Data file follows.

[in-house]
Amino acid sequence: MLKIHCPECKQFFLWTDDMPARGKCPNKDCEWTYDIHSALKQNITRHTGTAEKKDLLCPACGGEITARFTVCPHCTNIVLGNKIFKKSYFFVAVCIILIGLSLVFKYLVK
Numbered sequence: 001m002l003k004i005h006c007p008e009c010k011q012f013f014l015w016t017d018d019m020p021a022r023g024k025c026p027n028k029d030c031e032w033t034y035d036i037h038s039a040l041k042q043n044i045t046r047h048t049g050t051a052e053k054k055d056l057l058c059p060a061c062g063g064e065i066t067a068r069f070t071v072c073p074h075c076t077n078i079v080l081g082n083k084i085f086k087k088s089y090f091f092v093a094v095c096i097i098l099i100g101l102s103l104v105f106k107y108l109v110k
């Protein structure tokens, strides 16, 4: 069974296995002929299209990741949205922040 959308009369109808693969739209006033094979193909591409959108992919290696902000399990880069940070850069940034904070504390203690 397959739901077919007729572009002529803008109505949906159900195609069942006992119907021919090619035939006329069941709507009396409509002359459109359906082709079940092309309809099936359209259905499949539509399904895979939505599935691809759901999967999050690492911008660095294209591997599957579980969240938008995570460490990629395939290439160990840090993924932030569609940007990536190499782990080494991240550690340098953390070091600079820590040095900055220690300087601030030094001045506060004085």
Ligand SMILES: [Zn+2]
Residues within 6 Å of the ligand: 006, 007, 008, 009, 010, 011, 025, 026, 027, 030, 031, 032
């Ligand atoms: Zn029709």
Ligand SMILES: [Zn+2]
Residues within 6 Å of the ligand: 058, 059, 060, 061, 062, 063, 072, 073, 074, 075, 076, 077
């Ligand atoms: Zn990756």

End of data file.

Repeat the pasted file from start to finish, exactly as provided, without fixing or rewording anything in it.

[in-house]
Amino acid sequence: MLKIHCPECKQFFLWTDDMPARGKCPNKDCEWTYDIHSALKQNITRHTGTAEKKDLLCPACGGEITARFTVCPHCTNIVLGNKIFKKSYFFVAVCIILIGLSLVFKYLVK
Numbered sequence: 001m002l003k004i005h006c007p008e009c010k011q012f013f014l015w016t017d018d019m020p021a022r023g024k025c026p027n028k029d030c031e032w033t034y035d036i037h038s039a040l041k042q043n044i045t046r047h048t049g050t051a052e053k054k055d056l057l058c059p060a061c062g063g064e065i066t067a068r069f070t071v072c073p074h075c076t077n078i079v080l081g082n083k084i085f086k087k088s089y090f091f092v093a094v095c096i097i098l099i100g101l102s103l104v105f106k107y108l109v110k
């Protein structure tokens, strides 16, 4: 069974296995002929299209990741949205922040 959308009369109808693969739209006033094979193909591409959108992919290696902000399990880069940070850069940034904070504390203690 397959739901077919007729572009002529803008109505949906159900195609069942006992119907021919090619035939006329069941709507009396409509002359459109359906082709079940092309309809099936359209259905499949539509399904895979939505599935691809759901999967999050690492911008660095294209591997599957579980969240938008995570460490990629395939290439160990840090993924932030569609940007990536190499782990080494991240550690340098953390070091600079820590040095900055220690300087601030030094001045506060004085």
Ligand SMILES: [Zn+2]
Residues within 6 Å of the ligand: 006, 007, 008, 009, 010, 011, 025, 026, 027, 030, 031, 032
């Ligand atoms: Zn029709």
Ligand SMILES: [Zn+2]
Residues within 6 Å of the ligand: 058, 059, 060, 061, 062, 063, 072, 073, 074, 075, 076, 077
């Ligand atoms: Zn990756």